Hackers employed zero-click assaults on compromised iPhones. Zero-click attacks are more advanced than traditional malware attacks since they do not require user involvement.
Thus iOS is not any less vulnerable than an Android device.
Private monitoring tools can override Android 12 security protocols
Speaking of Pegasus, private organizations have taken charge of the cybersecurity space and building commercial remote monitoring tools. Most people reading this might take a step back and be hesitant around the words monitoring tools. But these are niche products designed for specific needs.
Unlike malware attacks and ransomware threats, remote monitoring tools are not made for malicious purposes or for exploiting people. They are to ensure an organization’s data is safe.
These apps can overcome Android 12’s security protocols unlike any other. Remote monitoring apps make the system think it got installed from within by the device’s owner. So the OS lowers its guard.
The OS will still operate normally and safeguard the phone against external threats like email scams, phishing attacks, malware, and ransomware. An ideal Android 12 spy app overrides the OS security protocols while constantly monitoring the target device in stealth mode.
XNSPY is one such Android 12 spy app. The remote monitoring app protects children from internet scams and bullies by restoring parental authority. Parents can use the monitoring software to review call history and watch their children. Each record displays the duration of the call and the phone numbers and names of saved contacts.
When it comes to social media, children are at significant risk. Using social media platforms such as WhatsApp, Instagram, and Facebook for sexual purposes. Sexual predators are drawn to these sites because they can see many public profiles of young children aged 12 to 16. There may even be younger in some cases.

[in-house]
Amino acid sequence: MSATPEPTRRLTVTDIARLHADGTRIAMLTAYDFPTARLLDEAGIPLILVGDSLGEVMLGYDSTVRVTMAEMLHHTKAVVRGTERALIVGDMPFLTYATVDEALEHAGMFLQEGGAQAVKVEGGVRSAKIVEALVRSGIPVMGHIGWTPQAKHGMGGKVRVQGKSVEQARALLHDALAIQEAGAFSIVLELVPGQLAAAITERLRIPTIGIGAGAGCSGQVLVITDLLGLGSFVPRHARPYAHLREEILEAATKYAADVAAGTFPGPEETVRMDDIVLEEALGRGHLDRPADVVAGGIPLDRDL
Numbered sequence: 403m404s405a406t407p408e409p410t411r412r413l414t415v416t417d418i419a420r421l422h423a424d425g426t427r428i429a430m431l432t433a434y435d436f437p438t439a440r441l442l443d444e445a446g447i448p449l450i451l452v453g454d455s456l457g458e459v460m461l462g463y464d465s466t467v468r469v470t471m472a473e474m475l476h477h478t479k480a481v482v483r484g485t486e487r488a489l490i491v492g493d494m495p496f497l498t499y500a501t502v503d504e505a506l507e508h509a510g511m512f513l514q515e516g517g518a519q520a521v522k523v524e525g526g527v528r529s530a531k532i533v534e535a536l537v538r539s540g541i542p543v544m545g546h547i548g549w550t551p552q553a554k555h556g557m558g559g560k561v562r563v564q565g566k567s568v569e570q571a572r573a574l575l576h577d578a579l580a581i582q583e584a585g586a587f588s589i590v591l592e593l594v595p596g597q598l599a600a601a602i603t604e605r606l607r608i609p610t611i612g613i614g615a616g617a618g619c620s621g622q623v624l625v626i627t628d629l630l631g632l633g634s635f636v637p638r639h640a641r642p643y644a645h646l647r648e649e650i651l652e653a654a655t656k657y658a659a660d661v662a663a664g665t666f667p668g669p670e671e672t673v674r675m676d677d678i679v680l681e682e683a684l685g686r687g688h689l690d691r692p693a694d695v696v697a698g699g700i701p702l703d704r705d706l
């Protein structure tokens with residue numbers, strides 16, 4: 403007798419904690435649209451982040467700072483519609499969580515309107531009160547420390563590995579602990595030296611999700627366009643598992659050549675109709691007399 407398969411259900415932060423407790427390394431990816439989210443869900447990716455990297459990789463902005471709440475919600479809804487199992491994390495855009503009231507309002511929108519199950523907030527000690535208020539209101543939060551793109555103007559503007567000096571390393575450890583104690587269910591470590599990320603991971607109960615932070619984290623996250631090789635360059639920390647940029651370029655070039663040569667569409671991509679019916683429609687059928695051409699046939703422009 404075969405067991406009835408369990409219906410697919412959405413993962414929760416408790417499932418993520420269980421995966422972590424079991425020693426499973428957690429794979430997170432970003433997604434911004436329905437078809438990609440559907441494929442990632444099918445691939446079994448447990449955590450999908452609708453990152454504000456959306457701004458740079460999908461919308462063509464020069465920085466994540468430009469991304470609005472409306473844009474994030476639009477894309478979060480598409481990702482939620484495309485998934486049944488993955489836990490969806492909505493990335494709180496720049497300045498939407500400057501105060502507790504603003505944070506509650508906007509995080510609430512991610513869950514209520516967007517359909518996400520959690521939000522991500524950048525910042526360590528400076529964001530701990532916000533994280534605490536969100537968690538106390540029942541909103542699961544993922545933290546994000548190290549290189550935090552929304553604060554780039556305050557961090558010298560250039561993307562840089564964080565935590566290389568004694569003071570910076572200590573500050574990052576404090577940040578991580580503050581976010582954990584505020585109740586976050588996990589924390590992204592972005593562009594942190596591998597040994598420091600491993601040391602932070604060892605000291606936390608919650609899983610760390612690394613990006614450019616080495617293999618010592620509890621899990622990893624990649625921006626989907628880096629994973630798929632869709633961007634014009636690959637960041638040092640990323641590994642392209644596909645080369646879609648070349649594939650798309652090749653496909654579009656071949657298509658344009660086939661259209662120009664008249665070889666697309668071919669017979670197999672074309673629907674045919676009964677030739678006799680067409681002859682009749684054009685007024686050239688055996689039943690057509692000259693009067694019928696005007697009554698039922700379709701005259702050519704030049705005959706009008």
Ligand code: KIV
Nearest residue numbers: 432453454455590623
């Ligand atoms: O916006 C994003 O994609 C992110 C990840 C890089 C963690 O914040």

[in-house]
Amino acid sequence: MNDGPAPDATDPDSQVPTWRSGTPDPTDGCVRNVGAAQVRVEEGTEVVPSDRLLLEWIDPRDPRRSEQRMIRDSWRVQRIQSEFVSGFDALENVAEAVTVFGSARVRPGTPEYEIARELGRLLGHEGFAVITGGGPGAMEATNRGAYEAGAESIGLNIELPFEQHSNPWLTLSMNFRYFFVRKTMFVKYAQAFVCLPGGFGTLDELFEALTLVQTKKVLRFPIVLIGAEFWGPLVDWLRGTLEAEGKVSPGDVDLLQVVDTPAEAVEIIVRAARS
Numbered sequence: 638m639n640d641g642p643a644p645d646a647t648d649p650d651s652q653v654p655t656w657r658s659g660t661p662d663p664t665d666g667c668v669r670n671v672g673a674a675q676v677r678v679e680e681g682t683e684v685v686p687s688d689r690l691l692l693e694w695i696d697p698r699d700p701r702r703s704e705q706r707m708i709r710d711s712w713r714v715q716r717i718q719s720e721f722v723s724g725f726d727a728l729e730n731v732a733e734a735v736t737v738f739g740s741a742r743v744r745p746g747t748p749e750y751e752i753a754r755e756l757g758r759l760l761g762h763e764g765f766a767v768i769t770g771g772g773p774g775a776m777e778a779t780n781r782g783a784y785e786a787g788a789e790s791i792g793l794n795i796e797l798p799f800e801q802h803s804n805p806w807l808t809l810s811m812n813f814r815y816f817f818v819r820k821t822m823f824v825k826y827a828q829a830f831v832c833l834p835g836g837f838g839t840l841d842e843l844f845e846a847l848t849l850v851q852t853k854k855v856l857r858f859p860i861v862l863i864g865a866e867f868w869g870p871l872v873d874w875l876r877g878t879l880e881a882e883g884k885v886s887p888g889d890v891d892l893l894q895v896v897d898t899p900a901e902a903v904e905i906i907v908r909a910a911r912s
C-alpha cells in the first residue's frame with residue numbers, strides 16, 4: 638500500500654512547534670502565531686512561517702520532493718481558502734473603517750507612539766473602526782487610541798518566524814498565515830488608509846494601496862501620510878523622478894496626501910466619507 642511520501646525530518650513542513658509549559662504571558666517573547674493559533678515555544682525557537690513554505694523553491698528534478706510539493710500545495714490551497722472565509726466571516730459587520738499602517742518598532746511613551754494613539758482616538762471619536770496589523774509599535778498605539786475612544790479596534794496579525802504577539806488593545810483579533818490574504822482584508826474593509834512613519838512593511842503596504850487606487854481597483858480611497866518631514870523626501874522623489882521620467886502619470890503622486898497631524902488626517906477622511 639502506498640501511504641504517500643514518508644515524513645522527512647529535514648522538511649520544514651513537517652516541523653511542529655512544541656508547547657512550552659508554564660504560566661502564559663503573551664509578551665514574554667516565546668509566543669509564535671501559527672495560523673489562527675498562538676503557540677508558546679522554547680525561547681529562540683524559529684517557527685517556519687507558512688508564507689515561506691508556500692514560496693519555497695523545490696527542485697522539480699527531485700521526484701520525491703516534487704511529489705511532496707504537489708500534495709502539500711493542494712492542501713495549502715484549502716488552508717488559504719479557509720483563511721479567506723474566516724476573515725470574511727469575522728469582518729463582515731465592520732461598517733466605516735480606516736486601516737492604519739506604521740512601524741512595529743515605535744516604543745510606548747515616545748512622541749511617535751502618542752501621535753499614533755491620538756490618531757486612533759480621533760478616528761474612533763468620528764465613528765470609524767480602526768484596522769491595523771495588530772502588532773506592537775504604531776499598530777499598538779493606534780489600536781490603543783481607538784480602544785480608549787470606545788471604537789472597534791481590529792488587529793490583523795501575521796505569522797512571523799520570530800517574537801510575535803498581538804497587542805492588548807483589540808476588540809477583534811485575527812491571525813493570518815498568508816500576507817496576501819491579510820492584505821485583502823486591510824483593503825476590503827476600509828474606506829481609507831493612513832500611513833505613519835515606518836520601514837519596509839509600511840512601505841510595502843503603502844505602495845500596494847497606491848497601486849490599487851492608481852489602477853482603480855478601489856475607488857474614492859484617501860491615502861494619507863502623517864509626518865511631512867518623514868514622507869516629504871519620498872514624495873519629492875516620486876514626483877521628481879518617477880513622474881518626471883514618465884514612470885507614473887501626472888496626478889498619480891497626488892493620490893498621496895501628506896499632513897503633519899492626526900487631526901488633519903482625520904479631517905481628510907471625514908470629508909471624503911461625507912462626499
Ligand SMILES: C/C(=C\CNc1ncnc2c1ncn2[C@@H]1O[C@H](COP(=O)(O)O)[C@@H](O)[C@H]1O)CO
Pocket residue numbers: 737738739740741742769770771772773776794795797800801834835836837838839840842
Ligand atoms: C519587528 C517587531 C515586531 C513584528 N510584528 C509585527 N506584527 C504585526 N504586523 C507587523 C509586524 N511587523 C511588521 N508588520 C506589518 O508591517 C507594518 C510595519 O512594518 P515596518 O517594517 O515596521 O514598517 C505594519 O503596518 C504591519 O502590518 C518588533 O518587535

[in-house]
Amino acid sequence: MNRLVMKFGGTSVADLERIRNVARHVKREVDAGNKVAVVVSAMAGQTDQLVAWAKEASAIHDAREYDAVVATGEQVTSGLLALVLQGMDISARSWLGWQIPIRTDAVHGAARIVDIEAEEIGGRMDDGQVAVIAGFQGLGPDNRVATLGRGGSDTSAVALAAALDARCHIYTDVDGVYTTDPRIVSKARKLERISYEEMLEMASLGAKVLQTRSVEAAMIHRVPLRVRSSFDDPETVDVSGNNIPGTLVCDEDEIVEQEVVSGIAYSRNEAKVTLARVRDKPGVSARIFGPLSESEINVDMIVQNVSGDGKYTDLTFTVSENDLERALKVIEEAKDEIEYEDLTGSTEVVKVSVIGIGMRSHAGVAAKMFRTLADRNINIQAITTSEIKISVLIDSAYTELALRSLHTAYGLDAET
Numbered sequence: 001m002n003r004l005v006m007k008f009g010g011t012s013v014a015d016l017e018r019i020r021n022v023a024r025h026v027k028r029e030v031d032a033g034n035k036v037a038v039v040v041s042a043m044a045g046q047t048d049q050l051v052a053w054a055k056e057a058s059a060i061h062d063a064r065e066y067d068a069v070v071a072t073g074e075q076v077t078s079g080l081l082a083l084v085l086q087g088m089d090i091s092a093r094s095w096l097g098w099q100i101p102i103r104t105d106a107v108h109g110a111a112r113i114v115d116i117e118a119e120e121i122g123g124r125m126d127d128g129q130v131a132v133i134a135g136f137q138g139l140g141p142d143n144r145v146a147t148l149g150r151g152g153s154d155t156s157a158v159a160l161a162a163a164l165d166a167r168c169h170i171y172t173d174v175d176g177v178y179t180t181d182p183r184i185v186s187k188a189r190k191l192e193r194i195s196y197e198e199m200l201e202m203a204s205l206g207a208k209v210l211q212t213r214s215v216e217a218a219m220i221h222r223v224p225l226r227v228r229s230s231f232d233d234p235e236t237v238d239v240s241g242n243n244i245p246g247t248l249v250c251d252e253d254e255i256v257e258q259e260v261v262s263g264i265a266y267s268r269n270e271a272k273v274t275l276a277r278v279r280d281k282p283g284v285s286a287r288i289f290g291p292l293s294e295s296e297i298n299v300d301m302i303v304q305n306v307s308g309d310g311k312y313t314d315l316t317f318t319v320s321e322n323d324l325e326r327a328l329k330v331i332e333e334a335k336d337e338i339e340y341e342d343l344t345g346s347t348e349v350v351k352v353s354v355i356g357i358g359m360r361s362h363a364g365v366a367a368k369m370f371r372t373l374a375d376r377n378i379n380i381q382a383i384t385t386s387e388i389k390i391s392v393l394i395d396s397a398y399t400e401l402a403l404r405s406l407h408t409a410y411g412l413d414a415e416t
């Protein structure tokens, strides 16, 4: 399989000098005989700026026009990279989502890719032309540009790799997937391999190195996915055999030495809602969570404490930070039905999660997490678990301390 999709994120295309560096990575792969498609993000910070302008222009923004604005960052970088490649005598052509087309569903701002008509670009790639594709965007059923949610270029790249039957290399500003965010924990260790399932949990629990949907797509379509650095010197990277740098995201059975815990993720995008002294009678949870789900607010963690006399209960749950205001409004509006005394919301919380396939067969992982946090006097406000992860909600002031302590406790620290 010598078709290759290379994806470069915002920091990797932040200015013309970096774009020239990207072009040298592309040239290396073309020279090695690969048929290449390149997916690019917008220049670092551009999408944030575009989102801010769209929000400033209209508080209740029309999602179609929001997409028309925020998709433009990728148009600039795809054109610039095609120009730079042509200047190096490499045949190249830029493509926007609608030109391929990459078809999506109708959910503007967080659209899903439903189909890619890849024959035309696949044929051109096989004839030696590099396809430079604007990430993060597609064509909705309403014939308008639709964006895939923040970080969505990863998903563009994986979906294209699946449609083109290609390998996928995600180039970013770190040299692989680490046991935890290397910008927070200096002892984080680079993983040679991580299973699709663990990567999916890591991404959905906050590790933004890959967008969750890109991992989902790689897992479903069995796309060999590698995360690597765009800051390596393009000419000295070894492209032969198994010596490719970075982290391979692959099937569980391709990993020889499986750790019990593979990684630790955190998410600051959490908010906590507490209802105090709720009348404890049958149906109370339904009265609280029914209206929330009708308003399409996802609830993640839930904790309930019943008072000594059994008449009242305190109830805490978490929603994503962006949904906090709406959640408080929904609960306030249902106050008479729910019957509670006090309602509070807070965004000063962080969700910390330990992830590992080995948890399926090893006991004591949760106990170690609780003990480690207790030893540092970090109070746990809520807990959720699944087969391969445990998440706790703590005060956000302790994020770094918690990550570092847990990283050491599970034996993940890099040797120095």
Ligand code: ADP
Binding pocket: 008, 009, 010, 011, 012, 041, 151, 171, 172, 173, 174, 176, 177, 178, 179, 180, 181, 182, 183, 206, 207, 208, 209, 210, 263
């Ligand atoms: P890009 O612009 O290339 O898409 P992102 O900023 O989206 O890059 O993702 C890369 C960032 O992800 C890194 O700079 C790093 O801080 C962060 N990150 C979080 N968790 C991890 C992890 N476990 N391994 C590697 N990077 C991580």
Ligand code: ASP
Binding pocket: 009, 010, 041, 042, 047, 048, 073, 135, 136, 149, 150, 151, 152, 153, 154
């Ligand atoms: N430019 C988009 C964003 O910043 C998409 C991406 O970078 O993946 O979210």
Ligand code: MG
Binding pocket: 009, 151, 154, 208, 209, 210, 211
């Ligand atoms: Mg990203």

XNSPY works in the background to protect them via a state-of-the-art instant messenger tracker.
Companies may use remote monitoring tools to keep track of their staff during crucial periods. Many businesses use these applications to keep track of their employees and support them when they go behind schedule or become stuck on a critical assignment.
Employers may use XNSPY to monitor their employees to ensure they are not engaging in criminal activities or sharing private or personal information without authorization.
XNSPY also guarantees that workers are only using their emails for work-related objectives and are not utilizing them to register for blacklisted websites. Employers can also look through the emails to see if their employees sold intellectual property to competitors.
All Android phones are equal but some are more equal than others
Not every Android phone was created with the same security and privacy in mind. Thus some Android phones are more secure than others. Like the Samsung Galaxy S21 series for example. The phone comes with a built-in security suite known as Knox.
The framework is built into the phone’s hardware. It protects the internal environment by isolating any threat it detects. Also, flagship phones and Google Pixel phones are the first to get the latest Android updates and security patches.
It makes flagship phones and higher-end phones securer than mid-tier or budget phones. Original Equipment Manufacturers (OEMs) package their bug fixes and user interface enhancements. However, these are insignificant enough to make an impact. Or they are delivered way too late to stop preventable security hacks.
Thus not all Android phones are equal and those running Android 12 can still be hacked.